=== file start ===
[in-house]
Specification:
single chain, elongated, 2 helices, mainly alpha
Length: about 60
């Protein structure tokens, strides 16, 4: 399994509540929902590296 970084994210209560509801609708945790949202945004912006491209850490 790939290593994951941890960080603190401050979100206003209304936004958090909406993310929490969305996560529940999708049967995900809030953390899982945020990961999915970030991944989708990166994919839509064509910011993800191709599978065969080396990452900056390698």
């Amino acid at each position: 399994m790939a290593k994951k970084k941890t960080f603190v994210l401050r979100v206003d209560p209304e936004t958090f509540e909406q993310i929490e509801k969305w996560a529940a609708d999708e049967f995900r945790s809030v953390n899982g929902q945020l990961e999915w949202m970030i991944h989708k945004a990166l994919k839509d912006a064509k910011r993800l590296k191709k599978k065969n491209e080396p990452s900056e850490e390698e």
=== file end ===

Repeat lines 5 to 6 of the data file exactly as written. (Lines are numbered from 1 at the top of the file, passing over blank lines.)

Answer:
């Protein structure tokens, strides 16, 4: 399994509540929902590296 970084994210209560509801609708945790949202945004912006491209850490 790939290593994951941890960080603190401050979100206003209304936004958090909406993310929490969305996560529940999708049967995900809030953390899982945020990961999915970030991944989708990166994919839509064509910011993800191709599978065969080396990452900056390698």
């Amino acid at each position: 399994m790939a290593k994951k970084k941890t960080f603190v994210l401050r979100v206003d209560p209304e936004t958090f509540e909406q993310i929490e509801k969305w996560a529940a609708d999708e049967f995900r945790s809030v953390n899982g929902q945020l990961e999915w949202m970030i991944h989708k945004a990166l994919k839509d912006a064509k910011r993800l590296k191709k599978k065969n491209e080396p990452s900056e850490e390698e």